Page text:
top of page
  • Chabad Lifeline


Updated: May 14

When my parents pulled me and my older sister, Beth, out of private school midway through the school year, I didn’t really understand why. My first thought was that it was my fault, that I wasn’t doing well enough to justify the investment. My parents didn’t offer much explanation other than to say it was too expensive. But Beth took me aside later on to tell me the real reason: “Dad blew all our money gambling. Don’t be surprised if we have to move soon, too.”


I found it hard to believe, and impossible to bring up with either of my parents. Sure enough, though, we moved into a cramped apartment three months later.

Even after I started at a new school, my father’s gambling was still creating an insane amount of tension and fear in our home, and he and my mother alternated between screaming matches and icy silence. Beth and I tried to walk a very narrow line to not make the situation any worse. But I started to notice that she seemed more and more distant. She had always been there for me, and with her checked out I started to feel completely alone.

What I didn’t know was that my sister had started abusing pills. The possibility had never even occurred to me. I don’t think either of my parents realized until the night we got a call from the hospital. Beth had come close to overdosing at a party and was in urgent care.

My sister started getting treatment at Chabad Lifeline soon after that. To everyone’s shock, my father announced that he would be seeing an Addiction Counsellor at Lifeline as well. Nearly losing my sister — and learning that she was suicidally depressed — had made him realize that he had no control over his gambling. He used to get angry and defensive whenever someone suggested he had a problem. Now, he seemed humbled.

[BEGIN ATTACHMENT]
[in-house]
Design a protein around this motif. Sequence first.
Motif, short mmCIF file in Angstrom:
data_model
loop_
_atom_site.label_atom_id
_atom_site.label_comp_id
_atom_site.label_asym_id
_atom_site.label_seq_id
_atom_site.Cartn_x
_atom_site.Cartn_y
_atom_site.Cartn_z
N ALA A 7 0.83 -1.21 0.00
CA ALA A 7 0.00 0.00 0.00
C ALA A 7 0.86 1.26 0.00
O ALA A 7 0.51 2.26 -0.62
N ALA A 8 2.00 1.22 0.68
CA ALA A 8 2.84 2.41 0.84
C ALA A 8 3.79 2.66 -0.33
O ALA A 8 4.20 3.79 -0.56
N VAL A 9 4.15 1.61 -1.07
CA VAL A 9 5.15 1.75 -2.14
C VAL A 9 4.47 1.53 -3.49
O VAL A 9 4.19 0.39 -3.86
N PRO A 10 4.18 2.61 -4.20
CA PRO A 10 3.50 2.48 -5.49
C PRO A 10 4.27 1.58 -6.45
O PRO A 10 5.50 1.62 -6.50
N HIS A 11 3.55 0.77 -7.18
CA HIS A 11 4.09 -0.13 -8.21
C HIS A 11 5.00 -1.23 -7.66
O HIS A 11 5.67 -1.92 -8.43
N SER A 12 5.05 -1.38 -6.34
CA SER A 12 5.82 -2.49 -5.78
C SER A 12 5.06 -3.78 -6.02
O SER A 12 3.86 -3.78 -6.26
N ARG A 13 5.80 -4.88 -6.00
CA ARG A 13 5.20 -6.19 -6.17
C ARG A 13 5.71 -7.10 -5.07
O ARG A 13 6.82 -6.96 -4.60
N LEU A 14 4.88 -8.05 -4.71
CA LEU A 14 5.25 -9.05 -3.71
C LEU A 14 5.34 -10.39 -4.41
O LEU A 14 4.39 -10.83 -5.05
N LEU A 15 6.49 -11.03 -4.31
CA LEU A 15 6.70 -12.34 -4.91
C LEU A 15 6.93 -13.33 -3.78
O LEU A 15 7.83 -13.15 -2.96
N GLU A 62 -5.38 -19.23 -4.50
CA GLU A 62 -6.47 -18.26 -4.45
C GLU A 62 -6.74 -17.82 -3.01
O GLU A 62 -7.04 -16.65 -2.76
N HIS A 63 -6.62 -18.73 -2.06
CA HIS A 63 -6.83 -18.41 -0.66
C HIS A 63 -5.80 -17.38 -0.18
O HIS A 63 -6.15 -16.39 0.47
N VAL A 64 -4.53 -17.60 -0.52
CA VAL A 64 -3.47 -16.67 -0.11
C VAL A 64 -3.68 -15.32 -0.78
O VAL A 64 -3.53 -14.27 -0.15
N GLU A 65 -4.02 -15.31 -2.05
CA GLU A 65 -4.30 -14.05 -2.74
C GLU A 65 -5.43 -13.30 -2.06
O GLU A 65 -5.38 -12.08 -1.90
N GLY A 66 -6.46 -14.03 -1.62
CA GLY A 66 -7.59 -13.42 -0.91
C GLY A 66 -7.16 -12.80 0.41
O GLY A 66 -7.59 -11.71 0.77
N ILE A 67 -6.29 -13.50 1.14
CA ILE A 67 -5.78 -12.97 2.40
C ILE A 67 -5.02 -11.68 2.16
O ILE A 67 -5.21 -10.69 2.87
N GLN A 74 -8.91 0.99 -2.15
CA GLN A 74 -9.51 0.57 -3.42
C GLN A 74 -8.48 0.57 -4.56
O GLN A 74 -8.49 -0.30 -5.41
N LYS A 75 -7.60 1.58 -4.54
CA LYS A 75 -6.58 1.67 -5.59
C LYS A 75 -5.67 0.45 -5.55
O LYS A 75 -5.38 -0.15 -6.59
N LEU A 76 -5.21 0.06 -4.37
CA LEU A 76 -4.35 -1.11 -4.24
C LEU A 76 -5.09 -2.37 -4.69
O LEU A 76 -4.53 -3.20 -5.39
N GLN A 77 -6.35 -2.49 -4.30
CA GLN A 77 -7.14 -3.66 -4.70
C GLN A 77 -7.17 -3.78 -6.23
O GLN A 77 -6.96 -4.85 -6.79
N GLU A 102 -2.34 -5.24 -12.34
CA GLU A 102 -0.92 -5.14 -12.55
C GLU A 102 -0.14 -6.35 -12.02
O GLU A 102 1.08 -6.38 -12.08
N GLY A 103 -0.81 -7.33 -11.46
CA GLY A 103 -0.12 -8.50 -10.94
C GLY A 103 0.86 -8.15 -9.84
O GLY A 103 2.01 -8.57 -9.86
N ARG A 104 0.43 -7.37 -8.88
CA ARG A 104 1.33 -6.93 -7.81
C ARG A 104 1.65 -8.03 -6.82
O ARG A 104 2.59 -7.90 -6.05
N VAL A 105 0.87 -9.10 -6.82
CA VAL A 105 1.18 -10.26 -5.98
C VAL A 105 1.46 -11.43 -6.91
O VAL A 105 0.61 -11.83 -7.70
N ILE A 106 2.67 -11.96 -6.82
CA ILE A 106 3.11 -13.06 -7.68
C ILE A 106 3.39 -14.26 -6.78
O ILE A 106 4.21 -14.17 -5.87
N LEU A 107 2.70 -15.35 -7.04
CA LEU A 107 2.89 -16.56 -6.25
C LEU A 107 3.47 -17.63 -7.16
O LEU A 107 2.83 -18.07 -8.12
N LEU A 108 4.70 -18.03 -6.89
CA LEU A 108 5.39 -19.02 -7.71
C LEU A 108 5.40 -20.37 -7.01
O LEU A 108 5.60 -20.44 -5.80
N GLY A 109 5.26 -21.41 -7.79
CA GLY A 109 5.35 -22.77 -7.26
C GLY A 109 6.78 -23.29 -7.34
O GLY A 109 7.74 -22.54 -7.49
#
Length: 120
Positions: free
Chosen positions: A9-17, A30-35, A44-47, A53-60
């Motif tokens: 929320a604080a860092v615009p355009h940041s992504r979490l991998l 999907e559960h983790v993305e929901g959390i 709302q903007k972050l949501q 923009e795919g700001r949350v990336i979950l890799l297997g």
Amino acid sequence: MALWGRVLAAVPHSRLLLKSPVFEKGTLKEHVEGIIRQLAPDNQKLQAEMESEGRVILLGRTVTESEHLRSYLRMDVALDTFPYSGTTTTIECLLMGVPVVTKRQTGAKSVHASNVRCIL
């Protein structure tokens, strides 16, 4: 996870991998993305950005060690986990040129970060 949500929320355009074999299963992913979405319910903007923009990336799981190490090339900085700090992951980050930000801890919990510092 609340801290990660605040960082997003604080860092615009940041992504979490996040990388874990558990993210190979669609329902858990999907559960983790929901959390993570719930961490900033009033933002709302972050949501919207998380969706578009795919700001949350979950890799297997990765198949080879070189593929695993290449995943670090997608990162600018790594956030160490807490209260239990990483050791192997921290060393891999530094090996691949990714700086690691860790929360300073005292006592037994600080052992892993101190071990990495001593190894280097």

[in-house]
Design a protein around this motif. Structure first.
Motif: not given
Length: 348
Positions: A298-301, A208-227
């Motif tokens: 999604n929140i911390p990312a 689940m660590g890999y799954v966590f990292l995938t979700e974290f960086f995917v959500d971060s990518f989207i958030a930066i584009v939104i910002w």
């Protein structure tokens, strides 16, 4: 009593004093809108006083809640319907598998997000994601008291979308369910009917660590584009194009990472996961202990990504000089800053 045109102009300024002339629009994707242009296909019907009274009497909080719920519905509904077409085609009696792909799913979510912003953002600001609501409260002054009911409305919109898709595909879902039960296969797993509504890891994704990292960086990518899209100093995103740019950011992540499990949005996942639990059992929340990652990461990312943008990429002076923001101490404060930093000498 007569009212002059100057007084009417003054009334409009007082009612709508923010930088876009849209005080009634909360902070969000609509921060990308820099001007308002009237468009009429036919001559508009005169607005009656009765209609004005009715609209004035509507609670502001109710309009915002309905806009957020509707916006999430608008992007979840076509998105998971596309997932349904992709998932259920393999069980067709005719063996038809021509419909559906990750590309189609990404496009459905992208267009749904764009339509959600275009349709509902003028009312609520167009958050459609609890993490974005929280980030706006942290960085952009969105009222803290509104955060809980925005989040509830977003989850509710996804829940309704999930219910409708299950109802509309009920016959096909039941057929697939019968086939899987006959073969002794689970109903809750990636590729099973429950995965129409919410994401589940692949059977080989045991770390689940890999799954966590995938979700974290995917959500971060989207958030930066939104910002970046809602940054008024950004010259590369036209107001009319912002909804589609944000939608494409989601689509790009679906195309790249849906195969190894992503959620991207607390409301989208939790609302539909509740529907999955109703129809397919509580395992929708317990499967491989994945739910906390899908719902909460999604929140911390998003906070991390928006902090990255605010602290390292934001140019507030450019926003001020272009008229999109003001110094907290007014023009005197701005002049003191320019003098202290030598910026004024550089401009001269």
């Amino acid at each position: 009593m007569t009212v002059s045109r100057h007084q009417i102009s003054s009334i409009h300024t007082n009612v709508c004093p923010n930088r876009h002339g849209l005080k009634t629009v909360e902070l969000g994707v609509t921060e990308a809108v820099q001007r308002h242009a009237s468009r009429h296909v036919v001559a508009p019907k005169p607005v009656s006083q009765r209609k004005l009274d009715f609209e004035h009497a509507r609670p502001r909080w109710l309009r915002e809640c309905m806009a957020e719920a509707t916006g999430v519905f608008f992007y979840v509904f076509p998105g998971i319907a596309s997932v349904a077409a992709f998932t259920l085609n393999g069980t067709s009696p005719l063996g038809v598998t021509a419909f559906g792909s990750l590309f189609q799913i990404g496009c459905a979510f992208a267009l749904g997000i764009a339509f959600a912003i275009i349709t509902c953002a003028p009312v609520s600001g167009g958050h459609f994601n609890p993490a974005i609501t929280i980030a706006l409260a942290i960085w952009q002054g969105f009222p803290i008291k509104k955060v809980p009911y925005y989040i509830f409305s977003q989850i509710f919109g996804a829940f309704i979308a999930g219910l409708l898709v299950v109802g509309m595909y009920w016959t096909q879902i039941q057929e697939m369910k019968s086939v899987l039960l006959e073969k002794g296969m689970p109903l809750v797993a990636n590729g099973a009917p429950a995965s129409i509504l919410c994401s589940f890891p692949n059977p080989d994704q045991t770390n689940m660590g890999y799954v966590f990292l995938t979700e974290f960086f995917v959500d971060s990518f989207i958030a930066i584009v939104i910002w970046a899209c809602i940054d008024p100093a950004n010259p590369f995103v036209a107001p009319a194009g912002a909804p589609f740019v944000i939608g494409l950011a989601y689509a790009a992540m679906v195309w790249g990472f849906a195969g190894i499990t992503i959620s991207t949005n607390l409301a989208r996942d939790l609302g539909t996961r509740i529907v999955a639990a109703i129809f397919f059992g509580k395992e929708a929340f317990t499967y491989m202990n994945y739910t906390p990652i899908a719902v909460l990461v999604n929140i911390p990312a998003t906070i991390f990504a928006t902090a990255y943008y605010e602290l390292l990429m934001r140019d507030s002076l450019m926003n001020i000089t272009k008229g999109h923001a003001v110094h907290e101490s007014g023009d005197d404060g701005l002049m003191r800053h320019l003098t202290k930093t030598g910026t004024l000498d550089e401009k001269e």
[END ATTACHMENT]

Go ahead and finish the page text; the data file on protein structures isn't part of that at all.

I was happy that my dad and my older sister were finally getting help. But what surprised me was that Lifeline called to make sure my mother and I were getting the support we needed. I don’t think either of us had even thought to ask. During my first session with a Youth Counsellor, I burst into tears. I had kept so much to myself, so much worry and anger and pain and guilt. Finally, I could let it all out.

A year later, I really think that if we hadn’t all received care together as a family, things wouldn’t have improved nearly as much. Before Lifeline, I couldn’t even name the pressure and darkness building up inside of me, let alone guessed that my sister had been suicidal. Now, we have the tools to communicate and connect better as a family than we ever have. Our home is a home again.


*Names and details have been changed to protect the anonymity of those involved, as the story was adapted after being told to a Lifeline staff member with permission to share. Additionally, we would note that the reason we were able to attend to Jenny, Beth, and their parents immediately is because we are regularly expanding our staff in order to meet the growing demand for our services. As Chabad Lifeline is sustained through private donations, this entails significant fundraising efforts. Making a donation can help ensure that we can continue to provide timely care that can ultimately save a life or set a family on a better course, creating a positive ripple effect on future generations.

25 views0 comments

Recent Posts

See All


bottom of page